In neuroanatomy, "gyrus" is the generic term for those parts of the folded, bumpy cortex that are prominent and visible on the surface -- i.e., as Webster says, the prominent folds in-between the grooves of the cortex. (The generic term for these grooves is "sulcus"). Far from being random and unorganized, the location, size and shape of the gyri of the brain are fairly consistent across all human brains, such that they can be identified and named in several ways.

The most straight-forward and rigorous naming convention is based on simply the location of the gyri. Each gyus is given a name based first on the lobe of the brain on which it is found (frontal, temporal, parietal, occipital, limbic) and second upon its location within that lobe (superior, inferior, medial, mesial, lateral,etc.). For example the superior temporal gyrus describes the gyrus located in the upper-most part of the temporal lobe (at the border with the parietal lobe.) They may also be named in reference to prominent brain land marks: for instance, the precentral gyrus and postcentral gyrus are named in reference to the central sulcus or central fissure, (a deep and prominent groove which runs in an oblique vertical line from the superior to medial surface of the brain.) They may also be named by their morphology, (e.g. Angular gyrus and Cingulate gyrus), though very often these names are given in addition to the more rigorous location-based names.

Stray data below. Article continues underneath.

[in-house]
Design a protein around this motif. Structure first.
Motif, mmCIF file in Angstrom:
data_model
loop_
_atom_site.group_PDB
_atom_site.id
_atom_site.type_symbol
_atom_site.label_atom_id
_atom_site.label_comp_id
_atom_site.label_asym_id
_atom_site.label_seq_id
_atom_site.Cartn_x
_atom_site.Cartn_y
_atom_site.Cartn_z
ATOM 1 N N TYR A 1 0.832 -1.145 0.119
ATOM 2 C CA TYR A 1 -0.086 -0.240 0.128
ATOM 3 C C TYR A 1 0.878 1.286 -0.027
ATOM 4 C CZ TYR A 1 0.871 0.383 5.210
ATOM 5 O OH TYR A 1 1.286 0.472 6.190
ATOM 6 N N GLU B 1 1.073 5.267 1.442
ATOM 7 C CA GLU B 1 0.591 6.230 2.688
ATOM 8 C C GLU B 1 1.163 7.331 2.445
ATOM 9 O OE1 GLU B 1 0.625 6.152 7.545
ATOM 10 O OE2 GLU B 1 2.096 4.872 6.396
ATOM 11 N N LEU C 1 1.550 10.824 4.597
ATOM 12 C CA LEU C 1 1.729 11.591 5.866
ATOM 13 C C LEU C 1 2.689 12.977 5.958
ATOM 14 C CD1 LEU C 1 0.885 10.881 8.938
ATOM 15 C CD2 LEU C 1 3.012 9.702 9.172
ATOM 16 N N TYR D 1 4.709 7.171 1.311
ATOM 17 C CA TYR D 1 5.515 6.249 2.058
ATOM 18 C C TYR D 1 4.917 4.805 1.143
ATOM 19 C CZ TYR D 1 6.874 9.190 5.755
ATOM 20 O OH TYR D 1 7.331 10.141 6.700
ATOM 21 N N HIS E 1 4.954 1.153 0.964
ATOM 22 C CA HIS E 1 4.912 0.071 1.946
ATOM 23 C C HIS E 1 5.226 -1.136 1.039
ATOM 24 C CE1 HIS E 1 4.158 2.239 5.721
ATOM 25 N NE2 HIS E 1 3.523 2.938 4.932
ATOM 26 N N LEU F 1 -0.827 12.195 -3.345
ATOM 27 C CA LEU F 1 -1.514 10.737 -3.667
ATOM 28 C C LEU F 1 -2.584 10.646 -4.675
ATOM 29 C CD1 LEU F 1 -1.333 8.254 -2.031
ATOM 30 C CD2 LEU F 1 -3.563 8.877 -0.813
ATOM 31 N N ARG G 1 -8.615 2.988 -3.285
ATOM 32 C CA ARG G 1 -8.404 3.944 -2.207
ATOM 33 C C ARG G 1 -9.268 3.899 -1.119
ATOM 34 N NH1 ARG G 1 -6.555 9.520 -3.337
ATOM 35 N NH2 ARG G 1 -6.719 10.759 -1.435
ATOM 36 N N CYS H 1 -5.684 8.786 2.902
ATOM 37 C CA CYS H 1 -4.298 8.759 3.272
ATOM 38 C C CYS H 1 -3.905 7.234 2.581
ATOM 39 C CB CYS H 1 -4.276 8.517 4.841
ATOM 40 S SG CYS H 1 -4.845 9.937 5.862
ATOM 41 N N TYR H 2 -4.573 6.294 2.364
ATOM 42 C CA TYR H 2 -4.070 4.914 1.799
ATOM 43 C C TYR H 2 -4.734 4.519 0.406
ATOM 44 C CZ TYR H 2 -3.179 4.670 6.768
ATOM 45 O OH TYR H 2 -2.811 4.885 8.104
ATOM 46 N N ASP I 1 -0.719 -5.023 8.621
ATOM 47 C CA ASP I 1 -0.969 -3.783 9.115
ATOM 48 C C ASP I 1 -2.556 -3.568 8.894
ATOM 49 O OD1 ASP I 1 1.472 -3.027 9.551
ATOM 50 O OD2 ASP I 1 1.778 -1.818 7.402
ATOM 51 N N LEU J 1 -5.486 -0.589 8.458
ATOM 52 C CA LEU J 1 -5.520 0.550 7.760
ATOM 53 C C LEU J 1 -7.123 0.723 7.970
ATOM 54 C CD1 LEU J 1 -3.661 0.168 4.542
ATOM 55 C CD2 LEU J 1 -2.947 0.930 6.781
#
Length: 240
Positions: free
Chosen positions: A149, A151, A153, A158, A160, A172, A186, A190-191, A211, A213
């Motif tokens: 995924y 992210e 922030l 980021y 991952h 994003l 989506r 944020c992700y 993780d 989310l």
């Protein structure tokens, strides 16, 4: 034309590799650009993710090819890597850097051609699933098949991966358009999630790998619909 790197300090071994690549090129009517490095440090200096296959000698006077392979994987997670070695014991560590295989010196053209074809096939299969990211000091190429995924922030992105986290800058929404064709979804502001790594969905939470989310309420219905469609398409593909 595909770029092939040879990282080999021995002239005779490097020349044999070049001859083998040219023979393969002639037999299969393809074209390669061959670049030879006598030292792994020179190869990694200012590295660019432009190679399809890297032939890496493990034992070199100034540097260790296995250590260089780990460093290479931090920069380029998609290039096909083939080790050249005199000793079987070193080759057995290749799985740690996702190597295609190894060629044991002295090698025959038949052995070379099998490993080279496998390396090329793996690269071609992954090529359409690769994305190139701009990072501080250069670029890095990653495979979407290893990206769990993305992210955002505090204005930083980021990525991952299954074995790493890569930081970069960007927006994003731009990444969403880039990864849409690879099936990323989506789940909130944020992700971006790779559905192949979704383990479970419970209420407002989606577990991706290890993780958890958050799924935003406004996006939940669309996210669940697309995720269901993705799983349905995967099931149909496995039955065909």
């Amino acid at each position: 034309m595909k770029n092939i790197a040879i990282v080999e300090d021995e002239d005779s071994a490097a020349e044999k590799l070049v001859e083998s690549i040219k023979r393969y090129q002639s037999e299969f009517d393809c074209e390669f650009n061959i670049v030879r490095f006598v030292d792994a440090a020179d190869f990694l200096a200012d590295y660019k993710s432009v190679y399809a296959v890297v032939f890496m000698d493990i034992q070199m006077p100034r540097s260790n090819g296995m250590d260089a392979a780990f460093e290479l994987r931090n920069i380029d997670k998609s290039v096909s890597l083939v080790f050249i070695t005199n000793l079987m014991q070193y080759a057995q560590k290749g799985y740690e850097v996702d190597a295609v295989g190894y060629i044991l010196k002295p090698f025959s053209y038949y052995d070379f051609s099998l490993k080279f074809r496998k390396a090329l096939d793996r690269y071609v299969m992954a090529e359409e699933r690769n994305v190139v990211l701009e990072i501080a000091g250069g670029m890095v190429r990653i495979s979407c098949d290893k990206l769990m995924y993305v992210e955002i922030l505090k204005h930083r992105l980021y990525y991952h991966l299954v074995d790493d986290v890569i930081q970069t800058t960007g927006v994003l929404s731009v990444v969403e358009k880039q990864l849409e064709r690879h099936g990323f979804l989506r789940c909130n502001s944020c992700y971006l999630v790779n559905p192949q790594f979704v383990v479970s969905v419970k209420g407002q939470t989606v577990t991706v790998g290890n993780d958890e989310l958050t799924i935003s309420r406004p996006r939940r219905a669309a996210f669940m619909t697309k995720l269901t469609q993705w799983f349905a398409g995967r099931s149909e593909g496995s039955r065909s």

It is worth noting that this naming convention is most often used in the medical profession, (i.e. by neurologists, radiologists and neurosurgeons) because it is useful to specify brain anatomy in a clear and unambiguous way. In non-medical study of the brain, naming conventions which refer to cellular architecture or brain function are used more often than the medical naming convention described above -- for example, see Brodmann's areas.